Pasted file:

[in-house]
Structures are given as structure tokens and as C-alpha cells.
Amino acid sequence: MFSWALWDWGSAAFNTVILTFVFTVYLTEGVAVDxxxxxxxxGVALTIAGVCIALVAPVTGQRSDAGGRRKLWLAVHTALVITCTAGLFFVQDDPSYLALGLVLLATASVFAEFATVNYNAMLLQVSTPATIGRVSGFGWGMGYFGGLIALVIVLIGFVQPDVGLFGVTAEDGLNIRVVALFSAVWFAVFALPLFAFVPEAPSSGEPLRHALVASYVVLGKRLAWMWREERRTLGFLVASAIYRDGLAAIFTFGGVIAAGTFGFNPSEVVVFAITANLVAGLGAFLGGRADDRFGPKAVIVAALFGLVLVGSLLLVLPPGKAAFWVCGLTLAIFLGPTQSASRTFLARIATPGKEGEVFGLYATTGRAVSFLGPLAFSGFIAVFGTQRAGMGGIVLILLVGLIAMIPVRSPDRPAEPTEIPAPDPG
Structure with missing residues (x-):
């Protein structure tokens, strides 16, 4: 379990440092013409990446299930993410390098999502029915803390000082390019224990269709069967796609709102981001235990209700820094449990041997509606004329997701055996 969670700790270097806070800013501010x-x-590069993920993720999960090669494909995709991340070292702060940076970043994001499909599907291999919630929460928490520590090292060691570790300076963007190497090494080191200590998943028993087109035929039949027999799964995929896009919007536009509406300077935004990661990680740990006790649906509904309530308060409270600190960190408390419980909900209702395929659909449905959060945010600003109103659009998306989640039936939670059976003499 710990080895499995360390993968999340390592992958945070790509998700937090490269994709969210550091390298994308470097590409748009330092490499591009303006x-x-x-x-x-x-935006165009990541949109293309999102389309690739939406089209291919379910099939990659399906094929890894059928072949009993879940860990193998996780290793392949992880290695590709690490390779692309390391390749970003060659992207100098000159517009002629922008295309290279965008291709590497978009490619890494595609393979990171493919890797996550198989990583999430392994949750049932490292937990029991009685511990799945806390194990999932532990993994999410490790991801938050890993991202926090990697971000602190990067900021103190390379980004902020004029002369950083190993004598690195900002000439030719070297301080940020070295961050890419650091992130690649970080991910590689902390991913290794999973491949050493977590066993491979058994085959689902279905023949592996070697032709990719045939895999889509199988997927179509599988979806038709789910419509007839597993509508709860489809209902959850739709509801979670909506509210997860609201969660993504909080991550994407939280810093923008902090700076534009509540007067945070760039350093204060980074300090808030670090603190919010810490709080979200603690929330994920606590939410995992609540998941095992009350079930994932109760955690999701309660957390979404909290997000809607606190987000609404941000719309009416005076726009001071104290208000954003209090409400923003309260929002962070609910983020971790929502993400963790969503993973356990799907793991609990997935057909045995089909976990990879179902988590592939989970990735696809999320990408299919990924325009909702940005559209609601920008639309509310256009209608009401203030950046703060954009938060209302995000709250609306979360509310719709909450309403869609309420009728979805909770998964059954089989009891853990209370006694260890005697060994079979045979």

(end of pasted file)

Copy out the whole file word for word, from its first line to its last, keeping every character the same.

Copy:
[in-house]
Structures are given as structure tokens and as C-alpha cells.
Amino acid sequence: MFSWALWDWGSAAFNTVILTFVFTVYLTEGVAVDxxxxxxxxGVALTIAGVCIALVAPVTGQRSDAGGRRKLWLAVHTALVITCTAGLFFVQDDPSYLALGLVLLATASVFAEFATVNYNAMLLQVSTPATIGRVSGFGWGMGYFGGLIALVIVLIGFVQPDVGLFGVTAEDGLNIRVVALFSAVWFAVFALPLFAFVPEAPSSGEPLRHALVASYVVLGKRLAWMWREERRTLGFLVASAIYRDGLAAIFTFGGVIAAGTFGFNPSEVVVFAITANLVAGLGAFLGGRADDRFGPKAVIVAALFGLVLVGSLLLVLPPGKAAFWVCGLTLAIFLGPTQSASRTFLARIATPGKEGEVFGLYATTGRAVSFLGPLAFSGFIAVFGTQRAGMGGIVLILLVGLIAMIPVRSPDRPAEPTEIPAPDPG
Structure with missing residues (x-):
């Protein structure tokens, strides 16, 4: 379990440092013409990446299930993410390098999502029915803390000082390019224990269709069967796609709102981001235990209700820094449990041997509606004329997701055996 969670700790270097806070800013501010x-x-590069993920993720999960090669494909995709991340070292702060940076970043994001499909599907291999919630929460928490520590090292060691570790300076963007190497090494080191200590998943028993087109035929039949027999799964995929896009919007536009509406300077935004990661990680740990006790649906509904309530308060409270600190960190408390419980909900209702395929659909449905959060945010600003109103659009998306989640039936939670059976003499 710990080895499995360390993968999340390592992958945070790509998700937090490269994709969210550091390298994308470097590409748009330092490499591009303006x-x-x-x-x-x-935006165009990541949109293309999102389309690739939406089209291919379910099939990659399906094929890894059928072949009993879940860990193998996780290793392949992880290695590709690490390779692309390391390749970003060659992207100098000159517009002629922008295309290279965008291709590497978009490619890494595609393979990171493919890797996550198989990583999430392994949750049932490292937990029991009685511990799945806390194990999932532990993994999410490790991801938050890993991202926090990697971000602190990067900021103190390379980004902020004029002369950083190993004598690195900002000439030719070297301080940020070295961050890419650091992130690649970080991910590689902390991913290794999973491949050493977590066993491979058994085959689902279905023949592996070697032709990719045939895999889509199988997927179509599988979806038709789910419509007839597993509508709860489809209902959850739709509801979670909506509210997860609201969660993504909080991550994407939280810093923008902090700076534009509540007067945070760039350093204060980074300090808030670090603190919010810490709080979200603690929330994920606590939410995992609540998941095992009350079930994932109760955690999701309660957390979404909290997000809607606190987000609404941000719309009416005076726009001071104290208000954003209090409400923003309260929002962070609910983020971790929502993400963790969503993973356990799907793991609990997935057909045995089909976990990879179902988590592939989970990735696809999320990408299919990924325009909702940005559209609601920008639309509310256009209608009401203030950046703060954009938060209302995000709250609306979360509310719709909450309403869609309420009728979805909770998964059954089989009891853990209370006694260890005697060994079979045979």